Thursday, December 29, 2005

GKC on the Incarnational Character of Christianity

The Shrine of the Holy Whapping has begun an interesting discussion on the use of material things by the Catholic Church. Rather than bogg down their blogg with a lengthy quote, I am posting this very relevant quote from Chesterton, and invite any additional discussion...

Heaven has descended into the world of matter; the supreme spiritual power is now operating by the machinery of matter, dealing miraculously with the bodies and souls of men. It blesses all the five senses; as the senses of the baby are blessed at a Catholic christening. It blesses even material gifts and keepsakes, as with relics or rosaries. It works through water or oil or bread or wine. Now that sort of mystical materialism may please or displease the Dean, [Inge] or anybody else. But I cannot for the life of me understand why the Dean, or anybody else, does not see that the Incarnation is as much a part of that idea as the Mass; and that the Mass is as much a part of that idea as the Incarnation. A Puritan may think it blasphemous that God should become a wafer. A Moslem thinks it blasphemous that God should become a workman in Galilee. And he is perfectly right, from his point of view; and given his primary principle. But if the Moslem has a principle, the Protestant has only a prejudice. That is, he has only a fragment; a relic; a superstition. If it be profane that the miraculous should descend to the plane of matter, then certainly Catholicism is profane; and Protestantism is profane; and Christianity is profane. Of all human creeds or concepts, in that sense, Christianity is the most utterly profane. But why a man should accept a Creator who was a carpenter, and then worry about holy water, why he should accept a local Protestant tradition that God was born in some particular place mentioned in the Bible, merely because the Bible had been left lying about in England, and then say it is incredible that a blessing should linger on the bones of a saint, why he should accept the first and most stupendous part of the story of Heaven on Earth, and then furiously deny a few small but obvious deductions from it - that is a thing I do not understand; I never could understand; I have come to the conclusion that I shall never understand. I can only attribute it to Superstition.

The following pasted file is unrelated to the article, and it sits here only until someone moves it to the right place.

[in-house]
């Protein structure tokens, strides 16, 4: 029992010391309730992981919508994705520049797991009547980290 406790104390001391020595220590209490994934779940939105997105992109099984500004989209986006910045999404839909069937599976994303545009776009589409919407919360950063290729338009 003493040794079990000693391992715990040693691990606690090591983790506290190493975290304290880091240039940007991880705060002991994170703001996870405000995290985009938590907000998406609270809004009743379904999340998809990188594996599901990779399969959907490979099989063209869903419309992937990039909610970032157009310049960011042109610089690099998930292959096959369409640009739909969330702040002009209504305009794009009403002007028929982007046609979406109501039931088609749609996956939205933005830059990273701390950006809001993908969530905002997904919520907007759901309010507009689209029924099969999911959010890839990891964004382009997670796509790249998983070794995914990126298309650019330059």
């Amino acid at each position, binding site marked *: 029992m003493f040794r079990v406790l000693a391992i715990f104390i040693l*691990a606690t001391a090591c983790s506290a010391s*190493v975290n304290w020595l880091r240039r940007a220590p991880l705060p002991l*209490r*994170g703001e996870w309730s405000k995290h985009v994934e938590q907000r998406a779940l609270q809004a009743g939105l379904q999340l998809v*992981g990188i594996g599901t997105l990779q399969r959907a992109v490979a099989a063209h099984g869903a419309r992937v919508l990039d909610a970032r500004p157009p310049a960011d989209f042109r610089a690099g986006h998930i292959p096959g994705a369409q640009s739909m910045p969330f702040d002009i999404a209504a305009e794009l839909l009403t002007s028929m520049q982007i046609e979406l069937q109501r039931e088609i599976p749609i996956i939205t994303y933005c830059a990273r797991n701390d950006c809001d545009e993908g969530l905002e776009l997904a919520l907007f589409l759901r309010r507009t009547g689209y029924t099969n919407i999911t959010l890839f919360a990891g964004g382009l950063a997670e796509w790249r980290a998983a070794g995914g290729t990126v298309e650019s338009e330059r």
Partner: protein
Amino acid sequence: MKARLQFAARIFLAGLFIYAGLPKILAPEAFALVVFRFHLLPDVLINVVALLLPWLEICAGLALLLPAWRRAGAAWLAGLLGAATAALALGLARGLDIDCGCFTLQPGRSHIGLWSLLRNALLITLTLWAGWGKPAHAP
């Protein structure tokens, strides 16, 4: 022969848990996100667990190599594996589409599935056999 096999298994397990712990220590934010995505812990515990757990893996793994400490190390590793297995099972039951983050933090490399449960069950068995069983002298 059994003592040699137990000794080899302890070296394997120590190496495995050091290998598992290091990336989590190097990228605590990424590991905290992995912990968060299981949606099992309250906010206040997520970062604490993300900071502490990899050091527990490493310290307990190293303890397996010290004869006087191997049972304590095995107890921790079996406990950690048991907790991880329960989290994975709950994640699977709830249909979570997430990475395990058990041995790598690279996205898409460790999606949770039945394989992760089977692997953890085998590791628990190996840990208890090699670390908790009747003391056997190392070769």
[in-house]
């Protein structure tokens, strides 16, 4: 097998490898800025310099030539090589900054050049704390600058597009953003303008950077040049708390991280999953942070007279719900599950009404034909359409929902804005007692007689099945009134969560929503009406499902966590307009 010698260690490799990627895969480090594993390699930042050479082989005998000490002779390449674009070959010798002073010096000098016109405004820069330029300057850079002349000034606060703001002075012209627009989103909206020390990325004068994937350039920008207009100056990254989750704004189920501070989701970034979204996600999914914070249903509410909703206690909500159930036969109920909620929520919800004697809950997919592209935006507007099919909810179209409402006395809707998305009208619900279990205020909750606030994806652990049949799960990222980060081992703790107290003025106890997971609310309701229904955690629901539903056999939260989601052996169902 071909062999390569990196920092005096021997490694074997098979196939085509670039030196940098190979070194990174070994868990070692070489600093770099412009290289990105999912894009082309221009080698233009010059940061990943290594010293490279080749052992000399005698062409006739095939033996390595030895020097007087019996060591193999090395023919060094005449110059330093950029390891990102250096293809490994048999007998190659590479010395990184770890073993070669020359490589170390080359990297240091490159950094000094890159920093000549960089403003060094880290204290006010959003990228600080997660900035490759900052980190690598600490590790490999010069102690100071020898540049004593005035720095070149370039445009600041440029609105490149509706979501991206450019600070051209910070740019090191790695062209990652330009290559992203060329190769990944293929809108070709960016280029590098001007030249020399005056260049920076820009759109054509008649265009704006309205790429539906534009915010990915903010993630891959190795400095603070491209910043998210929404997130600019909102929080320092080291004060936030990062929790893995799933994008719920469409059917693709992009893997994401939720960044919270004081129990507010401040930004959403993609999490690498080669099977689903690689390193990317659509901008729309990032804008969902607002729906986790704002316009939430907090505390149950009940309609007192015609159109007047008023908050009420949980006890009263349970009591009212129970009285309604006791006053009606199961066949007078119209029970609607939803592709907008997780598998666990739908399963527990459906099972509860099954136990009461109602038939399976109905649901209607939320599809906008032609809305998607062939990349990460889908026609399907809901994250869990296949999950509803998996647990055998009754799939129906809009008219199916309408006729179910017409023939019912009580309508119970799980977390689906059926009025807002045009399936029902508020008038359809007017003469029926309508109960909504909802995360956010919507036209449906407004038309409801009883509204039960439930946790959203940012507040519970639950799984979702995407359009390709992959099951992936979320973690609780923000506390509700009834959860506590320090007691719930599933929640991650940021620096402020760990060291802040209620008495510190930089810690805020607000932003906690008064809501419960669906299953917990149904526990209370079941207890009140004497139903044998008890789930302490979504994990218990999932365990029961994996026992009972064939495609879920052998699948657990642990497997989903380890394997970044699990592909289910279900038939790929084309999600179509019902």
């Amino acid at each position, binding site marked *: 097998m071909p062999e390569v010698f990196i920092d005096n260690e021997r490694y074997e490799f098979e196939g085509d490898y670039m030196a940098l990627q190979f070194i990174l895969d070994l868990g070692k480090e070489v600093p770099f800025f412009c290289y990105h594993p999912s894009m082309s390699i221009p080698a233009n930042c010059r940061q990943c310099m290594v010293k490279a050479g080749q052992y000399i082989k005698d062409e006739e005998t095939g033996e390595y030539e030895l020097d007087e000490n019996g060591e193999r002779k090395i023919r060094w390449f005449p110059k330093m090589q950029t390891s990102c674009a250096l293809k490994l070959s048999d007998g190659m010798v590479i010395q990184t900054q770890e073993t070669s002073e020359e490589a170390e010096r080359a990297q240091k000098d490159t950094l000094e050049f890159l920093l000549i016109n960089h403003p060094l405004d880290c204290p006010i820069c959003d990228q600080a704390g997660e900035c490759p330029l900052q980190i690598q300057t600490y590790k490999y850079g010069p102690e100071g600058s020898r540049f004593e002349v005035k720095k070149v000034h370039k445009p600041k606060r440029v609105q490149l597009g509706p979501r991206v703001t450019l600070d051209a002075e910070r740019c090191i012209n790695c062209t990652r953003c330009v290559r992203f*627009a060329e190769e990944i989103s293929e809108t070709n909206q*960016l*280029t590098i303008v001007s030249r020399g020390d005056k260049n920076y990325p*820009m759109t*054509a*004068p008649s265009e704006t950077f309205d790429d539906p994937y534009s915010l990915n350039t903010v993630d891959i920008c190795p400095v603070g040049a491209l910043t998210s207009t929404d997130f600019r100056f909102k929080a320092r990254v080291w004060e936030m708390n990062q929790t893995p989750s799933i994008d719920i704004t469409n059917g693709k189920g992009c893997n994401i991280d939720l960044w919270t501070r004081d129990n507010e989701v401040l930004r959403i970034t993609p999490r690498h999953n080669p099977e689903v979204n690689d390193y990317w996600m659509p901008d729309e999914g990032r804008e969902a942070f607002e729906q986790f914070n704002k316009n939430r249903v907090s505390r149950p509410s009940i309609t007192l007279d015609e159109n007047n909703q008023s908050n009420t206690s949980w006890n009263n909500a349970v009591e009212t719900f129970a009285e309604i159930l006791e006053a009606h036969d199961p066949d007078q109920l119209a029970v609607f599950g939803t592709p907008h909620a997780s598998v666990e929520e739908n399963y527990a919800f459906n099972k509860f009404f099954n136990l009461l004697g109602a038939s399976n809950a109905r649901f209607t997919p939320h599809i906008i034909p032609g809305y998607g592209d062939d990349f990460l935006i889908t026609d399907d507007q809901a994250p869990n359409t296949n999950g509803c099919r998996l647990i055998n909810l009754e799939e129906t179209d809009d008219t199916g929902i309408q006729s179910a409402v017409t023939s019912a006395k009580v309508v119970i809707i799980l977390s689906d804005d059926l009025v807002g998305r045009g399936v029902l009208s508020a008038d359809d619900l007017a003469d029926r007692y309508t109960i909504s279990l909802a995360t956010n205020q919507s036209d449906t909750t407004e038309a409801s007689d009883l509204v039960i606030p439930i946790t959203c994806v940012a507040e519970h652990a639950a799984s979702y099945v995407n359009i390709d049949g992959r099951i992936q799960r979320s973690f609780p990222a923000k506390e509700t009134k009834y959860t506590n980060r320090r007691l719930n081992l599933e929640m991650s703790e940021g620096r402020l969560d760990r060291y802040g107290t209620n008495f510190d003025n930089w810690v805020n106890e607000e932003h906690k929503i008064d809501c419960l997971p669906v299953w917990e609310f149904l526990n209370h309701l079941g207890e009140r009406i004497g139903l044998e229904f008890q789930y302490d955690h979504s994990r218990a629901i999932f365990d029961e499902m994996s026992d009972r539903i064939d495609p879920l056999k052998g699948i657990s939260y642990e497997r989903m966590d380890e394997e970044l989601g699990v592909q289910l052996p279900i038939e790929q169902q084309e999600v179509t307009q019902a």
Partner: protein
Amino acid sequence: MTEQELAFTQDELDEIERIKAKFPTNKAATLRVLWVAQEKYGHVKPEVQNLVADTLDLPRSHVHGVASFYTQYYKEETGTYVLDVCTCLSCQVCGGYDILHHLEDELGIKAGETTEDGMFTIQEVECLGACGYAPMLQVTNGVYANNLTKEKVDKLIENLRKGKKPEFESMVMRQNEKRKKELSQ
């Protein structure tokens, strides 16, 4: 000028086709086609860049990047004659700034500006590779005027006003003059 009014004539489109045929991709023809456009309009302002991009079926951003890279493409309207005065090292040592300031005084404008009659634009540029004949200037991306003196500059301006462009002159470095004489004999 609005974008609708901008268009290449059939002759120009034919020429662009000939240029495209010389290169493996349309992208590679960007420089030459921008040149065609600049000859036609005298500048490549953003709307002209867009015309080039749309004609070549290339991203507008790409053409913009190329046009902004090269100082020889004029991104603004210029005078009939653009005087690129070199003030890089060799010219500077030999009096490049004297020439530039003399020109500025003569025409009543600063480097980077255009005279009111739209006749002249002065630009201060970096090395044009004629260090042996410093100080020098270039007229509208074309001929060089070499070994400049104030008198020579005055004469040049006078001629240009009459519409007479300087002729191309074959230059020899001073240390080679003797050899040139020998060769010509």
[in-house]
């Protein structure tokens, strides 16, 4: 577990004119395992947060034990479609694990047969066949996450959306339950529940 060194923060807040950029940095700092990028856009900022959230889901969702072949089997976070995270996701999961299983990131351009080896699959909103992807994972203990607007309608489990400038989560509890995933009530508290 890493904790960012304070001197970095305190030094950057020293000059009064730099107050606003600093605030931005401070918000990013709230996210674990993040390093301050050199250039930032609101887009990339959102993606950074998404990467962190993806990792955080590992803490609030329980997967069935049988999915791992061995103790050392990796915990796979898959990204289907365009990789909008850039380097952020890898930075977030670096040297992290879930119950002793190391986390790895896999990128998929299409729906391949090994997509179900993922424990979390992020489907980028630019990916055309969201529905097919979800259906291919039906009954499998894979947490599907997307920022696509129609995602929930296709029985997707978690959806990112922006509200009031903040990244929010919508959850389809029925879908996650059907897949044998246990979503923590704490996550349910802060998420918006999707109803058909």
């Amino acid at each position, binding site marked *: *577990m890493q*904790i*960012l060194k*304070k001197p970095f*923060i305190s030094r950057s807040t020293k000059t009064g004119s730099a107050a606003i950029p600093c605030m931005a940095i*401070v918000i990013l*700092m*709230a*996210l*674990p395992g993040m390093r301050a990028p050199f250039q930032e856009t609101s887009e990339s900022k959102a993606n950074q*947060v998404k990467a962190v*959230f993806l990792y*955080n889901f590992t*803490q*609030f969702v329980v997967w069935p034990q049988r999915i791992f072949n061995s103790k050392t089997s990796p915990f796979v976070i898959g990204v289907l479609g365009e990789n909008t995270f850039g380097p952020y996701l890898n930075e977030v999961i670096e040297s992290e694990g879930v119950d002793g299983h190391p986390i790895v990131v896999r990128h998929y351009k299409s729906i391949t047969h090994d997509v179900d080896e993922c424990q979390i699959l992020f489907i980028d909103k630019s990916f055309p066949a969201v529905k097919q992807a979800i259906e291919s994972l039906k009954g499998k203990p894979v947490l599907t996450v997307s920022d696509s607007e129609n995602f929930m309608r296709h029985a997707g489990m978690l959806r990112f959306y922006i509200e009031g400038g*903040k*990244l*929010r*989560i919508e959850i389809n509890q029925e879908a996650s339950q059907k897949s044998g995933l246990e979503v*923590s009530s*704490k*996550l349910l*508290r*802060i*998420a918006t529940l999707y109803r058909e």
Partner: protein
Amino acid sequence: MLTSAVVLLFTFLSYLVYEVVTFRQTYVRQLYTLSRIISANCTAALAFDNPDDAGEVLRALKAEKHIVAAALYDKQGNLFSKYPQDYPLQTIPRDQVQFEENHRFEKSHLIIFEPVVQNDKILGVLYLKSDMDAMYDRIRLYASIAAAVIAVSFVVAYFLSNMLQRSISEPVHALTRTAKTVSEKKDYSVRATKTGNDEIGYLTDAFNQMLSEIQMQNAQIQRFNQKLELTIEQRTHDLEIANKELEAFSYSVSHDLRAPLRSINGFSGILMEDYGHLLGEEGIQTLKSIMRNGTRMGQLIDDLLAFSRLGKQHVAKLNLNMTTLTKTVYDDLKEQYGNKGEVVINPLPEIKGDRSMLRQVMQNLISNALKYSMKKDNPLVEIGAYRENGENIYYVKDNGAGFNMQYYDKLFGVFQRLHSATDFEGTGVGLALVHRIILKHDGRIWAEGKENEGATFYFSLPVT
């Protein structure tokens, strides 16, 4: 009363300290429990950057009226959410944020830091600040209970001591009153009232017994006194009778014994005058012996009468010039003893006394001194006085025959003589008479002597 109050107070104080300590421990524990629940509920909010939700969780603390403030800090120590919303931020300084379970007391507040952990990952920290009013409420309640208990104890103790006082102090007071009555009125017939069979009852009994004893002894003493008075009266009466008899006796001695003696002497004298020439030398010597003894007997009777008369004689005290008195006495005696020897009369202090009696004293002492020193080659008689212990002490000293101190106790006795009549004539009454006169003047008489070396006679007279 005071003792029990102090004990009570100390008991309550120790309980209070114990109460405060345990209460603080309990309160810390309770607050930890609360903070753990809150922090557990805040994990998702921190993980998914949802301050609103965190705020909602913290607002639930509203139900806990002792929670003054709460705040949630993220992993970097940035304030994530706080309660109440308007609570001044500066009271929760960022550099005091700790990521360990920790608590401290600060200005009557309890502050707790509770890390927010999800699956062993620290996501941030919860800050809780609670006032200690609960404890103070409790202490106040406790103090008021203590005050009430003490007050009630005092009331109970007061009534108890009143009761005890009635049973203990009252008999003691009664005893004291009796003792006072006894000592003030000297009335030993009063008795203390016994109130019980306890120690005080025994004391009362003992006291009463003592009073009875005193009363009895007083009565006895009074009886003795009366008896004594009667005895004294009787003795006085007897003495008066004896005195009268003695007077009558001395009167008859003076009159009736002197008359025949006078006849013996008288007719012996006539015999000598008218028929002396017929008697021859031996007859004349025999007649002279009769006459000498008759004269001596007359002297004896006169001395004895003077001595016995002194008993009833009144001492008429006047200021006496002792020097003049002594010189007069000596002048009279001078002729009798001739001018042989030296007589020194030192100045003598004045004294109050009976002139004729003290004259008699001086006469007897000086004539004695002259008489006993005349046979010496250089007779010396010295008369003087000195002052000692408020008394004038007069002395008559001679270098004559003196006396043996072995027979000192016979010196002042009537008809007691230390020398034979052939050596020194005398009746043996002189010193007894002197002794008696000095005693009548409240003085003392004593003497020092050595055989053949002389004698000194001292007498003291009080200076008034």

[GKC The Thing CW3:258-259]


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